The most disheartening thing about politics today is the lack of ideas about how to make people’s lives better. That’s the job of government, surely, in the short, medium and long term. The crises we face, from low wages to climate change, matter because they make our lives worse. So why are politicians unable to come up with a single idea that would help? Schemes, announcements, promises—they’ve got them by the barrowload, but they’re all hollow, or incomprehensible, or both. They are so full of hot air they’d float away if they weren’t weighed down by the leaden egos of those who claim to follow ‘the people’s priorities’.
This is not a particularly British problem. You can see variations this frenetic immobility in most of the (increasingly illiberal) democracies. But it is acute in Britain, partly because it has been undergoing the deep political crisis provoked by the collapse of neoliberal thought in 2008 without the guard-rails of an effective constitution. The conservative leadership election, which will see an unknown number of members elect the next Prime Minister without external supervision, is the latest spasm of this continuing crisis. Candidates who would have been lucky to be junior ministers in any government led by Margaret Thatcher pose in her clothes like children while their parents are away. In endless TV debates and party meetings, they erect golden cities with less substance than stage sets. Promising change and continuity at the same time, they fight for the crown of country whose people depend on food banks and charity. Their answer? Tax cuts for the better off.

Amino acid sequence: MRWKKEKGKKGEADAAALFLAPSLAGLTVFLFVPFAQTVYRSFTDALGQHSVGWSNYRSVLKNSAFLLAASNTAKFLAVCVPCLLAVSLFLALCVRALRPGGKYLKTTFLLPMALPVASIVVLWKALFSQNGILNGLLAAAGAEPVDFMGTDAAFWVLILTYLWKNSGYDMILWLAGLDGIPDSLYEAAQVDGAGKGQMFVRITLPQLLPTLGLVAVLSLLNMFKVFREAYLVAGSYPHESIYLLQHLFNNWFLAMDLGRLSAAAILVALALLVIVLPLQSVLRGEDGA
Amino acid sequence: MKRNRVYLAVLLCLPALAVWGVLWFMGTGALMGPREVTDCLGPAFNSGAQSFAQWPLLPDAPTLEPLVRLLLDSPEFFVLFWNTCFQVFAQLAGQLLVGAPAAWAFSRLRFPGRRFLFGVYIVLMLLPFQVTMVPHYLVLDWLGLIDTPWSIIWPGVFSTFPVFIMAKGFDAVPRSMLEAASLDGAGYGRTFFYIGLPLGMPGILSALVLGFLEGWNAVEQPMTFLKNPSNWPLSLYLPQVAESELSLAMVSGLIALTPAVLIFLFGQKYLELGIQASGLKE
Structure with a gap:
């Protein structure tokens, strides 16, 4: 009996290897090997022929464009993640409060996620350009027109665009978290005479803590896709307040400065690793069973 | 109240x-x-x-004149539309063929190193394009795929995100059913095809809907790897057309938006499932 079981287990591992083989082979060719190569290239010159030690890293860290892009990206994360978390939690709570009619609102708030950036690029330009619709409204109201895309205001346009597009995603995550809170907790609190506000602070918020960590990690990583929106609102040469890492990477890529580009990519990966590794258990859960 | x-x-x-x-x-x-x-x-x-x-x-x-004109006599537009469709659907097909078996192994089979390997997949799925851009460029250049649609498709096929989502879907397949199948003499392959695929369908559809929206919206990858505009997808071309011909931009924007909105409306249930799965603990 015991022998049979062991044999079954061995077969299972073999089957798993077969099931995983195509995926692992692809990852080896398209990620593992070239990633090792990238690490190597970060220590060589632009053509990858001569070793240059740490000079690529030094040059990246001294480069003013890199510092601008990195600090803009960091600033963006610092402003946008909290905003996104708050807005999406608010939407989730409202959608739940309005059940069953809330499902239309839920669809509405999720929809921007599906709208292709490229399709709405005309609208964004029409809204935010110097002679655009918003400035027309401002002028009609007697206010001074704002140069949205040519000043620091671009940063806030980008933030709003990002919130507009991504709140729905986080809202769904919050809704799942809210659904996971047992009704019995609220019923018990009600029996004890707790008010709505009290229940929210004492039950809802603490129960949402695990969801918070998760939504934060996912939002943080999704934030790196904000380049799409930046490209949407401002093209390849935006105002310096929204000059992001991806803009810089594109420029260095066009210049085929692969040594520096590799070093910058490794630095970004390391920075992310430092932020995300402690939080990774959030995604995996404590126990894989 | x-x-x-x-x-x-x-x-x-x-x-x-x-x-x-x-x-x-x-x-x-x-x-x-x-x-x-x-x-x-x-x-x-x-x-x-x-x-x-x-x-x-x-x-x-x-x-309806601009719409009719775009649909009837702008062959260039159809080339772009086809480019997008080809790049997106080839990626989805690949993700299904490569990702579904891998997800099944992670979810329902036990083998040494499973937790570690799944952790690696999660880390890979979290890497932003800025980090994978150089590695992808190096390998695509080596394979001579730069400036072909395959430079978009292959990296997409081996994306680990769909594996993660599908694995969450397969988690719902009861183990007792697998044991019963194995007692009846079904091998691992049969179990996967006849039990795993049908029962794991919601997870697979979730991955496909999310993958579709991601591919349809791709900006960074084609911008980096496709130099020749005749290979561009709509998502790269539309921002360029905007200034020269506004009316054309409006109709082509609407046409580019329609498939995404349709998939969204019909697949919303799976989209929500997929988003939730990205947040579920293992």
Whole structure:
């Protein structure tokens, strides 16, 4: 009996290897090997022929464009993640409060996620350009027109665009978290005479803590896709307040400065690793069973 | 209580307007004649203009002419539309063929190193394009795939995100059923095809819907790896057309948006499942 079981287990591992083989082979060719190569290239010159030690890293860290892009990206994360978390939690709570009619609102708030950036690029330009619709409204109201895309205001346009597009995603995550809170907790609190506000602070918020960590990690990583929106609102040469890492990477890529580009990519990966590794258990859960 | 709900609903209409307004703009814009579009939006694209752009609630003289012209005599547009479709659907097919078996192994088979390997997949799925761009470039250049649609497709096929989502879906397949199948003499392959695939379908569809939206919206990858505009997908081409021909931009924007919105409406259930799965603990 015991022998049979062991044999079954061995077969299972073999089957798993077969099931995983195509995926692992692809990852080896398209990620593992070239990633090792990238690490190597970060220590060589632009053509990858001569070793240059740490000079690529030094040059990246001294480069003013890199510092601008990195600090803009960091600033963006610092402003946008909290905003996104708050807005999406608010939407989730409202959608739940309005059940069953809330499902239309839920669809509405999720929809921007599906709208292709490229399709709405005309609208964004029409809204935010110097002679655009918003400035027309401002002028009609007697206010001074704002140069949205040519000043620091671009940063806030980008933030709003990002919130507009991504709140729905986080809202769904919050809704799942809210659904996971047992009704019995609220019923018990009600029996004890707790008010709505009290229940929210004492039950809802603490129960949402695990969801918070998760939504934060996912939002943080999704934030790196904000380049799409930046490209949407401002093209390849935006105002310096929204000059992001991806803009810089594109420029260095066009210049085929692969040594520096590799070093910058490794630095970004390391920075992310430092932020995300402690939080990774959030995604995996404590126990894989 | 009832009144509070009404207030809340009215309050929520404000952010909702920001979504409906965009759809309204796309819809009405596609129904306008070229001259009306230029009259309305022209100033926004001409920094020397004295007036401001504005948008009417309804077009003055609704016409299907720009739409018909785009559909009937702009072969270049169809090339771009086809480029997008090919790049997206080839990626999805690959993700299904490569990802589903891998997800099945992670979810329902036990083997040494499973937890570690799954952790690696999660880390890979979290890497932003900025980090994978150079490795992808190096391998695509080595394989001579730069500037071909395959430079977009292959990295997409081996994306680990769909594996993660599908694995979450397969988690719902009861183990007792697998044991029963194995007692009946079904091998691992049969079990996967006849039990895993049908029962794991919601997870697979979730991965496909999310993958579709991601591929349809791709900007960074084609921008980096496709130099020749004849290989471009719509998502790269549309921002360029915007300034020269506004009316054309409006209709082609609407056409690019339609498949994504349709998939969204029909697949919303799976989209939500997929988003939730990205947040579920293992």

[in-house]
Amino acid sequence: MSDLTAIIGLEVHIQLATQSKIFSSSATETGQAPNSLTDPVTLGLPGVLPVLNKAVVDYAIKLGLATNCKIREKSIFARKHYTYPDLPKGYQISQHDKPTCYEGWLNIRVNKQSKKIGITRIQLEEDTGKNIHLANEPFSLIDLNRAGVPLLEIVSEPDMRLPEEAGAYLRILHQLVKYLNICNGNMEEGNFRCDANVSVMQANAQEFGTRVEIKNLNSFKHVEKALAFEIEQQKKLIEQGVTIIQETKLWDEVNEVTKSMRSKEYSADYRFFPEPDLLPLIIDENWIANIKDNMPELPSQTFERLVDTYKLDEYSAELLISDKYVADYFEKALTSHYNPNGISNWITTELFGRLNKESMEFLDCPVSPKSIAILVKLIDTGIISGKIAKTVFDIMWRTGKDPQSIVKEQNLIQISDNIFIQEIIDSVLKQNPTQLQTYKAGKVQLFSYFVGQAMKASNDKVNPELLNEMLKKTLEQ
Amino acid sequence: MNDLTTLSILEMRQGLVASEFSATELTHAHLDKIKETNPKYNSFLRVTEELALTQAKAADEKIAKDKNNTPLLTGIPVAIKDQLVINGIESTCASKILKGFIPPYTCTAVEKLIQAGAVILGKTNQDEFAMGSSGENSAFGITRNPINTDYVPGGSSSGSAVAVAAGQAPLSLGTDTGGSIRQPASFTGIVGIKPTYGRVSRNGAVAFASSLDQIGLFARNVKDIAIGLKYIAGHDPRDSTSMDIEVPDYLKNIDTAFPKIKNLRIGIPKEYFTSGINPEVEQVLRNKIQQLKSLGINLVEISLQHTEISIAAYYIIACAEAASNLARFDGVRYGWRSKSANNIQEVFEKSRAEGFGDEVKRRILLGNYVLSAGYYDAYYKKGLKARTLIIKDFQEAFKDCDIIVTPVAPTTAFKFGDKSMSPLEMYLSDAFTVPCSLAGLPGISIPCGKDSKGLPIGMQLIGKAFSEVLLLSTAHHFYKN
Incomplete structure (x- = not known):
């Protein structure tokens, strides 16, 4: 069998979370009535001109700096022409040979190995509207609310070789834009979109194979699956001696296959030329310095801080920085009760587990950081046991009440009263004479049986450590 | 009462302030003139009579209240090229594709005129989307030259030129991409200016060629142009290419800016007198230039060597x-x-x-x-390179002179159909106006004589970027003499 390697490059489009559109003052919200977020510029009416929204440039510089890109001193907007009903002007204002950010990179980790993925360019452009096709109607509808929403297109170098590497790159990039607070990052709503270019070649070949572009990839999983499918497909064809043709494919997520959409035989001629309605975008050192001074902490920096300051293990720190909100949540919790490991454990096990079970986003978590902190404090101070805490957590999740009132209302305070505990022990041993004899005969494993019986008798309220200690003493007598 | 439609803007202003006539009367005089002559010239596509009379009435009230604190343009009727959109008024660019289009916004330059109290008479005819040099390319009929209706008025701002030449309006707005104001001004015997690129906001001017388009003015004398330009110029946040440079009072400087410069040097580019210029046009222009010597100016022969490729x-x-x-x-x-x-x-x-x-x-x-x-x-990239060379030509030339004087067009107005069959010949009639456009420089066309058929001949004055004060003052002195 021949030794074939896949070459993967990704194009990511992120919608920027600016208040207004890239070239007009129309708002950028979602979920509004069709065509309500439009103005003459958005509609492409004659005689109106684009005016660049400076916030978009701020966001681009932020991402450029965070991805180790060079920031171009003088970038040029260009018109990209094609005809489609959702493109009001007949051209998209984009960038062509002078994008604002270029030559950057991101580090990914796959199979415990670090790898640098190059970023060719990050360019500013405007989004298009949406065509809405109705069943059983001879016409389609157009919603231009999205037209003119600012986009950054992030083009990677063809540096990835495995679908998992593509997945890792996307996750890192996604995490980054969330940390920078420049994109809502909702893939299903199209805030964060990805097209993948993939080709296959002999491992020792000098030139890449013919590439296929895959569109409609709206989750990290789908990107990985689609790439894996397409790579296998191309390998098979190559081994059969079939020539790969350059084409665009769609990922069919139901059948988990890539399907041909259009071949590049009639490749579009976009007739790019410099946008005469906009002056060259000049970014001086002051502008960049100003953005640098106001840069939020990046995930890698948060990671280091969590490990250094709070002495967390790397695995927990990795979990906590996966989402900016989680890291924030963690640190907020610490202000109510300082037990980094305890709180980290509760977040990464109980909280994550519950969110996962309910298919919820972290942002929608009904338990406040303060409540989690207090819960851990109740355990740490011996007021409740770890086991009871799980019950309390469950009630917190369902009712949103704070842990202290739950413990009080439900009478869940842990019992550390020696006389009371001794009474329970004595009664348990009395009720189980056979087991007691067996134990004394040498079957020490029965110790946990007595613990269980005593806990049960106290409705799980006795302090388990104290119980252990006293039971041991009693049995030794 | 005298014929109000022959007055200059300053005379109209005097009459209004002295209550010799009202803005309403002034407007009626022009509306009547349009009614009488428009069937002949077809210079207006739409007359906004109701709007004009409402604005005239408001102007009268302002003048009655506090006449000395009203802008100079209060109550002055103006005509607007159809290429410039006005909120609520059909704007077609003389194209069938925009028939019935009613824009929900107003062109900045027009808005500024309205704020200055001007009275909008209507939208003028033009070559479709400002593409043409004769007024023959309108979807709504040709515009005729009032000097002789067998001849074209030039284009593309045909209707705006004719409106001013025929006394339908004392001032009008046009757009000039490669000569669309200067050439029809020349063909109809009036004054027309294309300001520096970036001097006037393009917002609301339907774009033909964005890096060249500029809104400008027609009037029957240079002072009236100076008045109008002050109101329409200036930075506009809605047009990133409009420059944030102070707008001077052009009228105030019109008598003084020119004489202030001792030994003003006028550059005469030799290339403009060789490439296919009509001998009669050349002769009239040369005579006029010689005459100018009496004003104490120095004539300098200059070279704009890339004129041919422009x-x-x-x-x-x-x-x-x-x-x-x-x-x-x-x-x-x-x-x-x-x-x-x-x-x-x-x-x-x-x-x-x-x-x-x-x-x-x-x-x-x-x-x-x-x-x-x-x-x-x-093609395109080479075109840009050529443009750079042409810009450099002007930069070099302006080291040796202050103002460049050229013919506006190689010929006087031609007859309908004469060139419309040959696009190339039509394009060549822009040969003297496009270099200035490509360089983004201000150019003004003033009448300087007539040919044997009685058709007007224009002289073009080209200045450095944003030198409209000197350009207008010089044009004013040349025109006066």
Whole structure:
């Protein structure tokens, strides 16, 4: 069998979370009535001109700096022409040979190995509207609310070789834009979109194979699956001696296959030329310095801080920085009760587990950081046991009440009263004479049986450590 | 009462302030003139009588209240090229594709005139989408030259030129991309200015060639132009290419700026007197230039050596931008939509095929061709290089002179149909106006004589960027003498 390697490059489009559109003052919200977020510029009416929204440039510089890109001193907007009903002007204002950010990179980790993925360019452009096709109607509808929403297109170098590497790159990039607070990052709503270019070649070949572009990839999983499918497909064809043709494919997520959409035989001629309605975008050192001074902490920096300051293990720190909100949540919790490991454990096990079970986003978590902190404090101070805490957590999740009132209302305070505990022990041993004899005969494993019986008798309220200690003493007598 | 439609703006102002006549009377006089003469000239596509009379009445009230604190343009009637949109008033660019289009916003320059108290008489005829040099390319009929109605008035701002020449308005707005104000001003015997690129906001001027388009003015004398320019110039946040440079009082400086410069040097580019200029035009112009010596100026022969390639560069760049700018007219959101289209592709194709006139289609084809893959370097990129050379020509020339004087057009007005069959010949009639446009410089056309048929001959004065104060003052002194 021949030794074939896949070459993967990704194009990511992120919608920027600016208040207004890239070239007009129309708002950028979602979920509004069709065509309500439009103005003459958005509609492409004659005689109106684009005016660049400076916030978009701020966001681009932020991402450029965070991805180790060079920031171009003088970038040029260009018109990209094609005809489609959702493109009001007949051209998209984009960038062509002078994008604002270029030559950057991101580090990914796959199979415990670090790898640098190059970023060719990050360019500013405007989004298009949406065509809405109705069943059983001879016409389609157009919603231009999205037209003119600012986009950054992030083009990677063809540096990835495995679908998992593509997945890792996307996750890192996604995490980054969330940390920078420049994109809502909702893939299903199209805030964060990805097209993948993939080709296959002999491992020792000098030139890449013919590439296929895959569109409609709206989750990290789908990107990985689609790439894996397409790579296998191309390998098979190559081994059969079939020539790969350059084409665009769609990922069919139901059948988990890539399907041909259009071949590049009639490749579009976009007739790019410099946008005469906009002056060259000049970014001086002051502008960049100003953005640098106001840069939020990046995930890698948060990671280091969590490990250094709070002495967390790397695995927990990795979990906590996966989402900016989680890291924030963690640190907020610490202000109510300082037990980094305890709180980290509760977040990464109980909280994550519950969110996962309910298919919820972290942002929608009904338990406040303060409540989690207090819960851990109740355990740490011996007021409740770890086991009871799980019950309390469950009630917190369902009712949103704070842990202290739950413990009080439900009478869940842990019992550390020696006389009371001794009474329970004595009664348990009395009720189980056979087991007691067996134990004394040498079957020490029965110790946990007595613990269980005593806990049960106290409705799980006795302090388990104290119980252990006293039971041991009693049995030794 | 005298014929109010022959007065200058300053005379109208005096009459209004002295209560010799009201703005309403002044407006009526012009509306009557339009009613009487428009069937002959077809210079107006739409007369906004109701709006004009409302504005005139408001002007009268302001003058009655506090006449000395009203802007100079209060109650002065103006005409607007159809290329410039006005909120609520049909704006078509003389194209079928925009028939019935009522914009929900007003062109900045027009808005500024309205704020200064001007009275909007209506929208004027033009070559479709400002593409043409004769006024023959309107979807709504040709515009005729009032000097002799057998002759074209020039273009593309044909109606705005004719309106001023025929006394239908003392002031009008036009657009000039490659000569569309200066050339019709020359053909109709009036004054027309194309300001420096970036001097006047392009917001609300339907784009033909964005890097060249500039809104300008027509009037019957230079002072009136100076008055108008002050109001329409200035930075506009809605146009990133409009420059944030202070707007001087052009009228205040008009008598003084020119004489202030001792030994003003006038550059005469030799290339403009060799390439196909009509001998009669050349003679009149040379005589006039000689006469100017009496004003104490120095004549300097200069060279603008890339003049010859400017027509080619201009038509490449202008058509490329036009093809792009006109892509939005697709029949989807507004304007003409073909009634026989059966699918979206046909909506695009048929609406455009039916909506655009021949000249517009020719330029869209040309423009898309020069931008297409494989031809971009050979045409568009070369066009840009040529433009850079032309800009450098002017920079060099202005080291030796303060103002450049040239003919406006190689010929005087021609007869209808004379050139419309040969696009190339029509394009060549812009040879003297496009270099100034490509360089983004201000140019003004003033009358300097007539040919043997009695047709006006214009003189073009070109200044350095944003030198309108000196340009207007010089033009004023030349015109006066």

What could they do? Well, here’s a suggestion.
Let’s make bus travel free. At a stroke, we would help the people hardest hit by the rising cost of living—the person who pays £4 or £6 a day to get to and from the offices they clean at night, and who has to find their children’s bus fares too. We would put money back in their pockets (which is what the promised tax cuts are supposed to do) and they would spend it, because they need to, on food, rent, clothes and energy bills. The money would circulate in the economy, instead of sitting in someone’s bank account for a rainy day. Making bus travel free would not require means tests or benefit changes. It would be a universal good: wealthy people could travel by bus too (unless they thought it made them a failure). It would be a real step in reducing carbon emissions and dependency on foreign oil—the more people getting about on buses powered by renewal electricity, the better for everyone. I can see no down-side.
There is a cost, certainly. We would pay for bus transport through general taxation. But there’s no reason why it’s good to pay for roads, schools and tanks in that way but bad to do it for public transport. If there’s money for tax cuts, there’s money for buses.
And here’s another reason why it’s a good idea. Everyone can understand it. They can see how it would make their life better. However desirable nationalising rail services might be, it will be a long time before it makes anyone’s life better. It says a lot about a philosophy of government, but it doesn’t help a cleaner who needs to get to work today. We could make trains free, too, but I know that’s a bigger step. And it’s not one that will help the poorest. Let’s make bus travel free, now, and see how bus services improve when more people use them and they’re no longer dictated by profitability.
Could this happen? Yes, quite easily.
Will it happen? Not until we have politicians who understand how to make people’s lives better, and who believe that is the purpose of government.
(Apologies to anyone who comes here expecting to read about community art and cultural policy; normal service will be resumed tomorrow.)